The film looks at the lives of three women who are reviving the role of Sheikha, or religious teacher, and are teaching other women about Islam. For those of us in predominantly non-Islamic communities, the Sheika is (to use terms we know) the Islamic equivalent of a combination of Rabbinical scholar, counselor, and educator. The film highlights women in countries where the Muslim patriarchy is not uniformly supportive of their actions.THE WOMEN
Ghina Hammoud of Beirut, Lebanon.
She is a religious leader and operator of her own center for learning and charity. She was abused and beaten by her husband for many years, until she finally divorced him. Because of cultural views on divorce, particularly of a religious leader, she lost everything, including custody of her twin daughters and the support of many of the women who studied with her. The film provides a moving view into her life.
Dr. Su'Ad Saleh of Cairo, Egypt.
She is a religious leader, has her own TV talk show where she gives advice based on Islamic law and has been a professor for more than 30 years at a university in Cairo. She has authored more than 20 books. Yet she has been unable to obtain the necessary votes to serve on the Islamic Research Council. She points out that although women have received doctorates in areas of Islamic religious study, "We are regarded to be, in the fields of religious study, incompetent by men." The most outspoken of the three, she also said "We have reduced Islam to a scarf, a veil and a beard. That's it. That is not fair. Islam is more than that."
Huda al-Habash of Damascus, Syria.
She has been unable to join the Islamic Leaders Foundation in Syria, which is only for men. Yet she teaches to groups of women and individual women both in Syria and in other areas of the Islamic world. Her daughter has just started study at the American University in Washington, D.C. Huda has the full support and admiration of her husband and family for her work. She will say that the veil is just an object and then add that a believer's faith is not complete unless she wears the veil.
All of the women have certain qualities in common. They love their religion. They all wear the veil. All of them teach other women, and none of them seems troubled by the lack of any formal approval to do so. They believe that the Holy Qur'an does not impede their teaching, and further, that the first leader who was female was Aisha, the wife of the Prophet Mohammad, over 1,700 years ago. They all work in the mainstream. None are radical in any vivid sense, although all are surprising in some way.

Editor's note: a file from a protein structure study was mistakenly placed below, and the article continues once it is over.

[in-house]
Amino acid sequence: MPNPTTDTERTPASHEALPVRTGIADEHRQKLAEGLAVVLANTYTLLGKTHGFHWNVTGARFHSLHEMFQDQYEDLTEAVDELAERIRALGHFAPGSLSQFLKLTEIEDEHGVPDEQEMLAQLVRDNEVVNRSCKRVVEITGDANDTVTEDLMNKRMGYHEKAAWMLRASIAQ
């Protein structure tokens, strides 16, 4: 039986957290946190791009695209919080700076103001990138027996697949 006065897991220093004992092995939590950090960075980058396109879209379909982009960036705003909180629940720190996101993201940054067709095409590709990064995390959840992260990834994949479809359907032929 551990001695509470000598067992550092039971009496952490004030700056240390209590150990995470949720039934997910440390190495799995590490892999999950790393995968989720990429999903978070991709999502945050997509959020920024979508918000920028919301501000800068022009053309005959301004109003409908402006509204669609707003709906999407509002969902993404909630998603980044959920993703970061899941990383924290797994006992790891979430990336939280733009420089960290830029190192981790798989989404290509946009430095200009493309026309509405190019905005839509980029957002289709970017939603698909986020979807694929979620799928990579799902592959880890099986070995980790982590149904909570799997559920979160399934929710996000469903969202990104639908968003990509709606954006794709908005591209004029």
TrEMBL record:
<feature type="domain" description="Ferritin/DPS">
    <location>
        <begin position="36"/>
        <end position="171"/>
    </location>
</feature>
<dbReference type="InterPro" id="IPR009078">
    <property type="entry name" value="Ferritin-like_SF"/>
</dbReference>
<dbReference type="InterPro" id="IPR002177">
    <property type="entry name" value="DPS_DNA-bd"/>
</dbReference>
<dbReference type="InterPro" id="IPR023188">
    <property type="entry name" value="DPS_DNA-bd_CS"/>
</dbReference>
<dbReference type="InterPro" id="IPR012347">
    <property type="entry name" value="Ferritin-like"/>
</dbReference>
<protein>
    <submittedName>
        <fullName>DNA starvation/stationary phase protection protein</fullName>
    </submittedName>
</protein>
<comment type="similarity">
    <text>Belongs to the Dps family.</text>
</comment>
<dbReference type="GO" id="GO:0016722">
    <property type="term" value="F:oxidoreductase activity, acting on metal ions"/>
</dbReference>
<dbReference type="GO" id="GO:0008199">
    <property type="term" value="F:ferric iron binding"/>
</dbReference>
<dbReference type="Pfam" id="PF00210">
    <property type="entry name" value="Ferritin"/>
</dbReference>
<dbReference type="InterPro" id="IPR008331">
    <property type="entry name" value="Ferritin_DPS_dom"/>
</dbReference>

When Brigid Maher was asked about the film by Safiyyah of Muslim Media Watch, she said:
These women represent mainstream interpretations of Islam in their countries so I think when people realize this, it shatters their stereotypes of Muslim in general. Perhaps they realize there’s little difference between what Ghina dealt with and a personal obstacle they faced. Or they may wish that their husband helped clean up after dinner like Huda’s husband. Or they feel inspired with how Dr. Su’ad Saleh took on the religious establishment and kept on going undeterred. I will say I did not realize how much these women and stories would affect my own life ...
This grassroots movement of women establishing themselves as teachers of Islam may seem like a non-event to the Westerner used to female clergy, female teachers, religious and secular classes and worship where the two sexes sit next to each other. But in most parts of the Arab world, the realities of the West are as foreign to them as their realities are to us. And as Huda's daughter says, all Americans are not George Bush, and all Arabs are not Osama bin Laden.
This film is an attempt to humanize our view of women in the Arab world, particularly women who wear the veil, who have the visual trappings of a culture and a religion that we largely misunderstand. Yet the view through this lens is a narrow one.
The women are all educated, all financially well-off, all living in very nice surroundings. Their clothing is well tailored, occasionally richly embellished. They may represent a slice of women of a certain income/social strata who have chosen to take a role in their faith that is counter to their culture's drift from the days of Aisha, but they raise as many questions as they answer in this film.
Are they feminists? Or, are they mainstream trail blazers? Is this the beginning of a stirring of a new Muslim feminist activism? Is this education of women about their rights in Islamic law going to bear culture-changing fruit? Or is it going to stay a one-by-one anomaly?
It made me think. When Professor Su'ad Saleh says matter-of-factly: "Those trying to oppress women are going against Islamic law," is she planting the seed for a new reality for Muslim women? What is the resistance going to look like?
And, how far down the class strata will any new reality stretch? Of course, as these women are in three different countries, their political realities are different. But the fact that they are from different areas of the Arab world surely points to a kind of movement that is beginning to take place, and is worth watching -- as is this film.
~~ Contributing Editor, Mata H. also blogs right along at Time's Fool
More from living